The Economic Woes Of Being An Amputee

“It was not my disease that nearly bankrupted me. It was the sheer cost of healthcare, coupled with overbilling and multiple fraudulent lawsuits over billing mistakes, which destroyed my credit and threatened my ability to survive.”

Jessica Peck is a survivor. Born with arteriovenous malformations (AVMs) that were diagnosed when she was 5 years old, she endured dozens of surgeries over the next 30 years to stop the progression. “Over the last five years, I have suffered devastating setbacks, including bone loss and pulmonary embolisms as the result of the AVM, coupled with a rare neurological ailment called reflexive sympathetic dystrophy,” she says. In 2015, Peck had her right leg amputated below the knee to improve her quality of life, including reducing pain and complications associated with the aggressive bone loss. At that moment, Peck explains, her whole world changed—and not only because of the physical effects of the amputation.

“As a journalist-turned-lawyer, I’ve always loved being a voice for the little guy. Then I became the little guy,” she says. “Before I got sick, I had a dream life—two great kids and I traveled the world. I had a successful law practice and owned two houses. Since getting sick, I’ve had five insurance companies in five years and was on Medicaid. In the five years of being sick and living in and out of hospitals, I lost my entire life savings and assets. There were days I couldn’t even put gas in my car. I don’t know what I’ll do moving forward to fund the treatments I need to prevent the loss of the rest of my leg. I don’t have the tens of thousands of dollars in the bank like I used to.”

Peck enjoying the beach.

Peck estimates she will need $60,000 a year to fund her treatments, wheelchair, spinal implants, and prostheses. Understandably, she is concerned about her future, both medically and financially.

“Being an amputee is very unique as far as medical challenges,” says Peck. “When you’re missing a limb, people treat you differently. After years in a wheelchair, I started walking again on a prosthetic leg in March. After I walked my first real set of stairs in Havana, Cuba, this past April, I realized people don’t see me as broken anymore. My prosthesis makes me intriguing, where once people looked away from me when they saw the absence of a body part. After hiding in a wheelchair too long, I’m proud of my battle wounds and prosthetic leg. I feel unstoppable—even in the face of an uncertain future.”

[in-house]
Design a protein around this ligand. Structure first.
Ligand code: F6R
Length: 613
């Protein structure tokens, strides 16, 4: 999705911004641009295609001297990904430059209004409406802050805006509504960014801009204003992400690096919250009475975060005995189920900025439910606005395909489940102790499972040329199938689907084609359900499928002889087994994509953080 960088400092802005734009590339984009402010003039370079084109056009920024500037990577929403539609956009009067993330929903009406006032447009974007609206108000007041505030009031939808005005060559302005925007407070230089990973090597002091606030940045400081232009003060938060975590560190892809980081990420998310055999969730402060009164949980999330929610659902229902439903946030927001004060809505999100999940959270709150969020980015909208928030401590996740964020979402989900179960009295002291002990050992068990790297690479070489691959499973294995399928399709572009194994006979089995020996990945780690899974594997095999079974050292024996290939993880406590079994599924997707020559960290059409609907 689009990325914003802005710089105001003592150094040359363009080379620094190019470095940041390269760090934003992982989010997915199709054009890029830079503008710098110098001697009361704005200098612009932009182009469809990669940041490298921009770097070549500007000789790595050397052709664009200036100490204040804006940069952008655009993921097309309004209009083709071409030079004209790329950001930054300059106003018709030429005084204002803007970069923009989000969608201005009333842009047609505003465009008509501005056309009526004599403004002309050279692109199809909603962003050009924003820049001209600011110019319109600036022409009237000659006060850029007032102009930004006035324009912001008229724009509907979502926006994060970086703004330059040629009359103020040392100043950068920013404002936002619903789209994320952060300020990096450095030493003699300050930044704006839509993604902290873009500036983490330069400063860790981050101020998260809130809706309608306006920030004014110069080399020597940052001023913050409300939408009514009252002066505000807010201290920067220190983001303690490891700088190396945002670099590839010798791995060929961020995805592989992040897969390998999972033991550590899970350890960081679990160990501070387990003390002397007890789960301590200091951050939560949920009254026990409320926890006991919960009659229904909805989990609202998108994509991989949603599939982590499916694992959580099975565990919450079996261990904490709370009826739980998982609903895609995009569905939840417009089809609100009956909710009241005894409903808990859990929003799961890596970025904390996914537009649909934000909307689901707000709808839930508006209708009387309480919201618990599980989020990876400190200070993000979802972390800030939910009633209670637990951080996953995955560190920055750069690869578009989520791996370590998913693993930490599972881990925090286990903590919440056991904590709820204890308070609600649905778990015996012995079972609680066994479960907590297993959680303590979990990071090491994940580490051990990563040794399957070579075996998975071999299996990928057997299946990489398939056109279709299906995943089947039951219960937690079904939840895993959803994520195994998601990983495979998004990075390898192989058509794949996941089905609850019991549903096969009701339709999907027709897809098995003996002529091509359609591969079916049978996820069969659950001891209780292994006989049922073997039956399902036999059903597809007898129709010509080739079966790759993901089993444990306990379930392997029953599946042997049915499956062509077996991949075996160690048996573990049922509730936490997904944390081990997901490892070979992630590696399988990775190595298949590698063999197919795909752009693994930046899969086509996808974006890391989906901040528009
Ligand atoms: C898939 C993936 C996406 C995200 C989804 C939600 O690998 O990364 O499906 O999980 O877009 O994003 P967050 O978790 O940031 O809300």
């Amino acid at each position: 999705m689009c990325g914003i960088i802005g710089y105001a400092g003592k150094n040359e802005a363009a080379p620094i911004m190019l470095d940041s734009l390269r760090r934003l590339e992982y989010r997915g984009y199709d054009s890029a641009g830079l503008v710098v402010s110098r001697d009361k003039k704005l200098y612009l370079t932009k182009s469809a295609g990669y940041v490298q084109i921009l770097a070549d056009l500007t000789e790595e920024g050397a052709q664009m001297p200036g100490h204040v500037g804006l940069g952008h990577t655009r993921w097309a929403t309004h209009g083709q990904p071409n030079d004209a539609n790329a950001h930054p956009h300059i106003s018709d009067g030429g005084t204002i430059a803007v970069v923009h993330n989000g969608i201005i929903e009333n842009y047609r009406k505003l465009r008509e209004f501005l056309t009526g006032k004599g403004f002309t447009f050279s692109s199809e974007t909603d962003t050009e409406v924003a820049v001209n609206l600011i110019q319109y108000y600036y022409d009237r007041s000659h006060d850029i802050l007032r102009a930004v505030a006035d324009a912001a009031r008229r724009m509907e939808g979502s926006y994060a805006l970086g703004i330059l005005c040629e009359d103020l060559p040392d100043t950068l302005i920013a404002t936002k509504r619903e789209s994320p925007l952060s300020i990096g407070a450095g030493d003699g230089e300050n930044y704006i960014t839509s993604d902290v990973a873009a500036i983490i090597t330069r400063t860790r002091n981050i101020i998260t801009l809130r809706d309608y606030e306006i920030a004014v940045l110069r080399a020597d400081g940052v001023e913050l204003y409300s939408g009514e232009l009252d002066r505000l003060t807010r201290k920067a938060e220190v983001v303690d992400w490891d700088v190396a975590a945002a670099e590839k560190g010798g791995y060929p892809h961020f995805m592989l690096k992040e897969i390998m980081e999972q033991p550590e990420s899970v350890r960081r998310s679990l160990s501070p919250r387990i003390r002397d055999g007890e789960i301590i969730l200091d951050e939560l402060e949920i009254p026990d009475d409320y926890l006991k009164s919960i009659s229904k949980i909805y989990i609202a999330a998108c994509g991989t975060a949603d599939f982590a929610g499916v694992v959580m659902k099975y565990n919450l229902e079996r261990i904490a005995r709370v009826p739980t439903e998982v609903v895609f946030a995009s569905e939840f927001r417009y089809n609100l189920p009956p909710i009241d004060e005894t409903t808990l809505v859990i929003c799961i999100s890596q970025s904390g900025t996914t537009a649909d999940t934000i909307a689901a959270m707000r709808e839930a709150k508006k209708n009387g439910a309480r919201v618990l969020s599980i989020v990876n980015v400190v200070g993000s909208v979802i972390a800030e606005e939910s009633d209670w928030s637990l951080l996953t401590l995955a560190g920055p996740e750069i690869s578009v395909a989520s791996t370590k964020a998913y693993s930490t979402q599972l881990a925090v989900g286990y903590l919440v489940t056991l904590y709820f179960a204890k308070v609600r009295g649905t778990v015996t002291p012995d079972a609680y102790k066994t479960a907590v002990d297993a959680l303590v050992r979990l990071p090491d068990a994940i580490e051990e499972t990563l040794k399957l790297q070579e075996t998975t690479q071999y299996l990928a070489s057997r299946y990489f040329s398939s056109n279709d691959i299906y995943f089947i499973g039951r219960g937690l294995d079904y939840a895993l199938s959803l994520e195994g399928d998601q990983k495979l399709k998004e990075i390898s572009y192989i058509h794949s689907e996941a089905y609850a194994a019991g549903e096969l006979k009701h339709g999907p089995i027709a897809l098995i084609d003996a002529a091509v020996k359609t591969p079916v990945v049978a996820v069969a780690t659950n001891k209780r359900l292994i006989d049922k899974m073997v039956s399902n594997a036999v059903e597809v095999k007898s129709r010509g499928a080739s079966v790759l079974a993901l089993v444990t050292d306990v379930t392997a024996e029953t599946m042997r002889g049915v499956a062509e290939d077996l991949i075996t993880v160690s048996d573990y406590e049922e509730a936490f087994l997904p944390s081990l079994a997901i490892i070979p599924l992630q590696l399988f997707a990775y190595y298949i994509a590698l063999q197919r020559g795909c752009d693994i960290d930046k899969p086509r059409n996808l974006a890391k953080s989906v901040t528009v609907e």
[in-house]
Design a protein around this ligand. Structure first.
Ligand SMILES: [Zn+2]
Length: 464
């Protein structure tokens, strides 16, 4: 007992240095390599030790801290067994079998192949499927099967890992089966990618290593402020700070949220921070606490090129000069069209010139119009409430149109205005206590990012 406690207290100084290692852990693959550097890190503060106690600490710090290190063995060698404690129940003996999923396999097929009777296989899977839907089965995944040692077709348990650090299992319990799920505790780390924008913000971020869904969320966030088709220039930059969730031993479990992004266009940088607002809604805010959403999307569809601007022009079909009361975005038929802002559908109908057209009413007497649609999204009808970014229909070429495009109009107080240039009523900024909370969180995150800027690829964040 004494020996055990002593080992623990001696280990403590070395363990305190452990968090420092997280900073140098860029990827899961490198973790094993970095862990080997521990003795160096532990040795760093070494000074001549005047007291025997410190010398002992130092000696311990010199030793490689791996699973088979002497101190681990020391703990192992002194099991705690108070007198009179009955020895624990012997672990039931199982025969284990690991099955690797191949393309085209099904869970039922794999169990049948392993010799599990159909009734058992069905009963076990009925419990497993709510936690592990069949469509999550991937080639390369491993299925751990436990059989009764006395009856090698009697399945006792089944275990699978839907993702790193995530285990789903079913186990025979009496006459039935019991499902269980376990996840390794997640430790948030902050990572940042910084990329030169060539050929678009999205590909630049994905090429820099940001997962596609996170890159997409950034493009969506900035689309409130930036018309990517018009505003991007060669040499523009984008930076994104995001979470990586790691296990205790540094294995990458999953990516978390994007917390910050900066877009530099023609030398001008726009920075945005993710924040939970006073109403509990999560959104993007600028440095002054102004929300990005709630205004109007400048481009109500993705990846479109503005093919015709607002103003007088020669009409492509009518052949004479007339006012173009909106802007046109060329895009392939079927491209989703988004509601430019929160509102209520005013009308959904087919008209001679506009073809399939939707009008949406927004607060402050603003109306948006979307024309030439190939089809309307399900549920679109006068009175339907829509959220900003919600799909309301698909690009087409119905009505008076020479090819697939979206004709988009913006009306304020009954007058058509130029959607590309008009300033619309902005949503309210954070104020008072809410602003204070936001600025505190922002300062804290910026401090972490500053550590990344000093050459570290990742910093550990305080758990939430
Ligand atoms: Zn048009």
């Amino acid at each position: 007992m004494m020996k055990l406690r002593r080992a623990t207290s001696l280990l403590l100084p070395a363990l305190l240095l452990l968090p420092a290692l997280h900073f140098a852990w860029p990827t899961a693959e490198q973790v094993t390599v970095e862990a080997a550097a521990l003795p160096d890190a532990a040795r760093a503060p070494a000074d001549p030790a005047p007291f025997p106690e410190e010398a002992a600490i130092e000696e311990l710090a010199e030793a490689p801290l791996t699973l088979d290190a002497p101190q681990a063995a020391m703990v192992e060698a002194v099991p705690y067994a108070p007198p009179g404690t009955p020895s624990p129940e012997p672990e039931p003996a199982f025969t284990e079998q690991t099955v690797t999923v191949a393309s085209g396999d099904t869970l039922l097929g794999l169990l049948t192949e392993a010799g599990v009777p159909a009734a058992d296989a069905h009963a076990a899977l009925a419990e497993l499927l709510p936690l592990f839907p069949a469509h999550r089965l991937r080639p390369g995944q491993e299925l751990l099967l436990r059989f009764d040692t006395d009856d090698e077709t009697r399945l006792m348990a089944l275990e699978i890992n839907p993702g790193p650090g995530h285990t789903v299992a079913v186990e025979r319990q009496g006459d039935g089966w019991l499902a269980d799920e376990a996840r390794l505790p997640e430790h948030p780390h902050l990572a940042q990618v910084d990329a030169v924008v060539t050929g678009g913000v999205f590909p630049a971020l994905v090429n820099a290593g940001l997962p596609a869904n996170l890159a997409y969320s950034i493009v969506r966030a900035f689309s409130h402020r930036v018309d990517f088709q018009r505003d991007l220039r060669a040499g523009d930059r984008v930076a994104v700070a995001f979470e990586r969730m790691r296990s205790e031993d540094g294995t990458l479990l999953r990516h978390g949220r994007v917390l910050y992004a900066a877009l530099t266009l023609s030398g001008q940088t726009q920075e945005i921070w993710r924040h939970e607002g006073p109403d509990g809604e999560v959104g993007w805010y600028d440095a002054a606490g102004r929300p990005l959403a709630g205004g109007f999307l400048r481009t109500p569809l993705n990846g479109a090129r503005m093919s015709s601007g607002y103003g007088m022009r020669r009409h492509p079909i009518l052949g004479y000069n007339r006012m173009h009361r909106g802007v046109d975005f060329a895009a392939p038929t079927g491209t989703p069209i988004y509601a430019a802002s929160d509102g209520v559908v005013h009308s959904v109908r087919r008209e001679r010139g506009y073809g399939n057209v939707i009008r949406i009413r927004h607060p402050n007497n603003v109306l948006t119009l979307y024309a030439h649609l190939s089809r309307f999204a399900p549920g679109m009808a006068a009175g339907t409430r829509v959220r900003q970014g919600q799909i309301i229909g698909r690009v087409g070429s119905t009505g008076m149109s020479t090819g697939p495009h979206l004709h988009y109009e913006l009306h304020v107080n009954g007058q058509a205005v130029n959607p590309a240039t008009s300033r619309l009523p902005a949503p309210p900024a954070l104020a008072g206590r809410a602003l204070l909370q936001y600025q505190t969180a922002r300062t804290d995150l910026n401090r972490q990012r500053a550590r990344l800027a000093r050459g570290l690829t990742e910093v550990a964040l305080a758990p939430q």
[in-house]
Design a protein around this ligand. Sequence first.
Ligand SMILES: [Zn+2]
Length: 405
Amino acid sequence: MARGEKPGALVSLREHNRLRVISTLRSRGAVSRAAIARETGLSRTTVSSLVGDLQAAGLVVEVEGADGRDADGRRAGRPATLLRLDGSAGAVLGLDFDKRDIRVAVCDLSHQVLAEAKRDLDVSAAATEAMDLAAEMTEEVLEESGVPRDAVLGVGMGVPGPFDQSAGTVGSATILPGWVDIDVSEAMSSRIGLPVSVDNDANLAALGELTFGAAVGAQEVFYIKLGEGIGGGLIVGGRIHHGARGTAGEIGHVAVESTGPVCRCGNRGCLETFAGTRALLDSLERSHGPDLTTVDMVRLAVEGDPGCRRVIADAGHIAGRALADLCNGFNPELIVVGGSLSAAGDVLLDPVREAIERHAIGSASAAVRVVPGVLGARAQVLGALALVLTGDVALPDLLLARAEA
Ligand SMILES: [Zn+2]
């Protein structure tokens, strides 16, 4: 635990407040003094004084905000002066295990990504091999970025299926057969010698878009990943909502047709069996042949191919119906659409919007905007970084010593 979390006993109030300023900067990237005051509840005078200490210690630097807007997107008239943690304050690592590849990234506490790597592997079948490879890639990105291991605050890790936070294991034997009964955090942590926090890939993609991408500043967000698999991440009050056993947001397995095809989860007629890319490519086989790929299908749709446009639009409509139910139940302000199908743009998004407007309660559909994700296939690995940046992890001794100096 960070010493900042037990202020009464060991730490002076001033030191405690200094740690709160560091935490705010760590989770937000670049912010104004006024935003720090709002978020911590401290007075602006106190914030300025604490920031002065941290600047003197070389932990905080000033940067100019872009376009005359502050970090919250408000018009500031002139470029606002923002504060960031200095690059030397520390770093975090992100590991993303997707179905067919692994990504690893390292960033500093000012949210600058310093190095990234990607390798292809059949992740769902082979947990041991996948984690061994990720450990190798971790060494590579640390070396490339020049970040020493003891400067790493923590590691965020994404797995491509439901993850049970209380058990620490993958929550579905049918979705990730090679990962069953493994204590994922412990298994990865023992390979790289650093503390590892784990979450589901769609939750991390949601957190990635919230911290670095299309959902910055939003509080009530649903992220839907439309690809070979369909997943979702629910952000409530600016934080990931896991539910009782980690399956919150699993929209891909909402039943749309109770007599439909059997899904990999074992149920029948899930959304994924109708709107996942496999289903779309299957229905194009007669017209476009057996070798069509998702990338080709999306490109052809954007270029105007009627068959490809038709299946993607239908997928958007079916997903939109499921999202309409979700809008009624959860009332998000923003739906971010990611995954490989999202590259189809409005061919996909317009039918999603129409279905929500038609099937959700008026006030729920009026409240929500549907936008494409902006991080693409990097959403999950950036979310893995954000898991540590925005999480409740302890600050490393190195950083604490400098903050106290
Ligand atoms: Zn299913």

Challenges to Care

Having faced similar challenges, many amputees can empathize with Peck. Even if you’ve won your own battle with health insurance and coverage for prosthetic limbs, your personal battles and the bigger war are ongoing. Many concerns and fears that arise can include:

  • Threats to coverage for prosthetic devices
  • Potential loss of pre-existing condition protections
  • Potential limits or caps on health insurance coverage
  • Excessive hospitalization costs
  • Exorbitant out-of-network bills
  • Steep increases in the costs of prescription drugs
  • Inadequate insurance coverage for physical therapy (PT), occupational therapy (OT), and other treatments
  • Potential changes to Medicare insurance benefits

Peck says she fears all of the above and then some. “The worst and most disgraceful part is how much time and money I spend combatting billing mistakes and fraud,” she explains. “I’ve been sued over copays that I’d already paid. I’ve fought to remove billing errors from my personal credit report, only to have them reappear. I’ve shown up in court to fight collections lawsuits only to discover I was served a summons for cases that were never filed.”

Peck and her daughters.

She adds that any money potentially recouped in court could never compensate for the time she’s spent or for the negative impact to her credit, her reputation as a lawyer, or her sanity.

Denials and Delays

Deborah Smith, of Western Springs, Illinois, a suburb of Chicago, is also concerned about such issues and adds, “PT is important for those with limb loss as we need to relearn how to walk and function using a prosthesis.”

Smith is a recent amputee, although her injury occurred many years ago. When she was 19, a motor vehicle crash caused tremendous damage to her right leg. In 2015, more than three decades and several dozen limb-salvaging surgeries later, Smith made the tough decision to have her right leg amputated below the knee while she was in the middle of a difficult divorce. She says the financial issues that ensued were debilitating.

“It was the medical deductibles and other medical expenses, but it also was a struggle to meet my basic living expenses at the time,” Smith says, adding that friends started a GoFundMe page to help with her unreimbursed medical expenses.“At the time, I was unemployed and actively interviewing for jobs, while struggling financially to pay the monthly premiums for my private health insurance.”

Smith says she did her due diligence before she scheduled her elective amputation surgery. But neither checking benefits immediately before surgery nor pre-authorization is a guarantee of coverage. As many amputees discover, insurance companies often deny claims based on “medical necessity.”